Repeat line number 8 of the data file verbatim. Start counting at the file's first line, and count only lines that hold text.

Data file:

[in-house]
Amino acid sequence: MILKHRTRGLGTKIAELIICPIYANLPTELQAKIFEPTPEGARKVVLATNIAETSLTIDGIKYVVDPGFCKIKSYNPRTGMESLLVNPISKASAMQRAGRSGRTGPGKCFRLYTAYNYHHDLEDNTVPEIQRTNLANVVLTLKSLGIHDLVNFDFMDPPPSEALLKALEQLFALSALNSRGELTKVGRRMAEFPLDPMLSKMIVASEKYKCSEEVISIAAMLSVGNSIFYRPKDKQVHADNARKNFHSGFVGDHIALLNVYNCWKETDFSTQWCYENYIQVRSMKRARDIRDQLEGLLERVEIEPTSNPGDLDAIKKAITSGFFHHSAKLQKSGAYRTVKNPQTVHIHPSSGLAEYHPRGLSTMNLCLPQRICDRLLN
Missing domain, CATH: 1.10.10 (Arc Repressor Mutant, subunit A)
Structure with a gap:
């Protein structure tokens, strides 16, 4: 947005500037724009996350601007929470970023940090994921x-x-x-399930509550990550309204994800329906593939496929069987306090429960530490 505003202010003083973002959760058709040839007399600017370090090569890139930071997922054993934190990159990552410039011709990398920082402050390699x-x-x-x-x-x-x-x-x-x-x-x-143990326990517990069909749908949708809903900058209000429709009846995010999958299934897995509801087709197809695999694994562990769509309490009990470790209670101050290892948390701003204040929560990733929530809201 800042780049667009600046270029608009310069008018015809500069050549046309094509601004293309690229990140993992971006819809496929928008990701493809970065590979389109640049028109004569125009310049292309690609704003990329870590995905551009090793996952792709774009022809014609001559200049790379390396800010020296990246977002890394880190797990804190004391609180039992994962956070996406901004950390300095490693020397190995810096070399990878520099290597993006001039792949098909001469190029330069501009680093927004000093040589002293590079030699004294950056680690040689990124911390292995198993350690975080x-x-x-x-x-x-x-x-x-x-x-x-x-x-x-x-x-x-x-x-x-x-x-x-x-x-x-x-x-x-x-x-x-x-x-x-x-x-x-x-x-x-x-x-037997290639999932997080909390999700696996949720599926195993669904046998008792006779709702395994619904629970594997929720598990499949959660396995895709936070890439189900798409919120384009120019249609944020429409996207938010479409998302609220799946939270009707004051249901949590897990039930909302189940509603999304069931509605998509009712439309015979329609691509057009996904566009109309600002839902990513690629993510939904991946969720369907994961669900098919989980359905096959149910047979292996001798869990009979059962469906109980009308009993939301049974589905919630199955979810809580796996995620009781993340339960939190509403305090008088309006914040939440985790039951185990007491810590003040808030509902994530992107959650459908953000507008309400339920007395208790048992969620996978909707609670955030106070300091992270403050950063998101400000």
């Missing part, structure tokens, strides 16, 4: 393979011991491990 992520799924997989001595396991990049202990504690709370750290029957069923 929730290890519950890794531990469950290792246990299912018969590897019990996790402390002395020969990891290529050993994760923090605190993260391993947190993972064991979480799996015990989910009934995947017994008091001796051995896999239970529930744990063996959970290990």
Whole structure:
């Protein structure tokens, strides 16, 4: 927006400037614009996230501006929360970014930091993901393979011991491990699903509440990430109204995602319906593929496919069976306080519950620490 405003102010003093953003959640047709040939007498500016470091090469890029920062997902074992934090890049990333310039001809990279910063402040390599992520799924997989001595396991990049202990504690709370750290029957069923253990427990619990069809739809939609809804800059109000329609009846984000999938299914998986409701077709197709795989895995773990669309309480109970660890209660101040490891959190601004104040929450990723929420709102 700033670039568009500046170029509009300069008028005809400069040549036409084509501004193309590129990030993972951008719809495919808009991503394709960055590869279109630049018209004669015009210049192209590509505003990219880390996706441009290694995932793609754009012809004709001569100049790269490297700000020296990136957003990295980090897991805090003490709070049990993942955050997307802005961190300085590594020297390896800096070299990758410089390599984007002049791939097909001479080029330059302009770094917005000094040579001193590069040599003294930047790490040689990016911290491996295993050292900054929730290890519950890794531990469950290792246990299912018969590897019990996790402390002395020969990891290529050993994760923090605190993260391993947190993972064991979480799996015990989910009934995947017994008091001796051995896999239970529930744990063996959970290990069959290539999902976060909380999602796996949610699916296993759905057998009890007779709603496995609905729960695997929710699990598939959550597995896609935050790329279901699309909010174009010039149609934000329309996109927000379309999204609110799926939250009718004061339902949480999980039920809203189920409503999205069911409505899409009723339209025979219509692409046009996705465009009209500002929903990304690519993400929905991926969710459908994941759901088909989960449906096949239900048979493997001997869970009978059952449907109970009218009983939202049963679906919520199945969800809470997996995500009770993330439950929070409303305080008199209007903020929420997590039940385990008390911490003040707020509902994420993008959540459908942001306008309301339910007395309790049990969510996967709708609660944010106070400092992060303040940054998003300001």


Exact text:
């Protein structure tokens, strides 16, 4: 927006400037614009996230501006929360970014930091993901393979011991491990699903509440990430109204995602319906593929496919069976306080519950620490 405003102010003093953003959640047709040939007498500016470091090469890029920062997902074992934090890049990333310039001809990279910063402040390599992520799924997989001595396991990049202990504690709370750290029957069923253990427990619990069809739809939609809804800059109000329609009846984000999938299914998986409701077709197709795989895995773990669309309480109970660890209660101040490891959190601004104040929450990723929420709102 700033670039568009500046170029509009300069008028005809400069040549036409084509501004193309590129990030993972951008719809495919808009991503394709960055590869279109630049018209004669015009210049192209590509505003990219880390996706441009290694995932793609754009012809004709001569100049790269490297700000020296990136957003990295980090897991805090003490709070049990993942955050997307802005961190300085590594020297390896800096070299990758410089390599984007002049791939097909001479080029330059302009770094917005000094040579001193590069040599003294930047790490040689990016911290491996295993050292900054929730290890519950890794531990469950290792246990299912018969590897019990996790402390002395020969990891290529050993994760923090605190993260391993947190993972064991979480799996015990989910009934995947017994008091001796051995896999239970529930744990063996959970290990069959290539999902976060909380999602796996949610699916296993759905057998009890007779709603496995609905729960695997929710699990598939959550597995896609935050790329279901699309909010174009010039149609934000329309996109927000379309999204609110799926939250009718004061339902949480999980039920809203189920409503999205069911409505899409009723339209025979219509692409046009996705465009009209500002929903990304690519993400929905991926969710459908994941759901088909989960449906096949239900048979493997001997869970009978059952449907109970009218009983939202049963679906919520199945969800809470997996995500009770993330439950929070409303305080008199209007903020929420997590039940385990008390911490003040707020509902994420993008959540459908942001306008309301339910007395309790049990969510996967709708609660944010106070400092992060303040940054998003300001």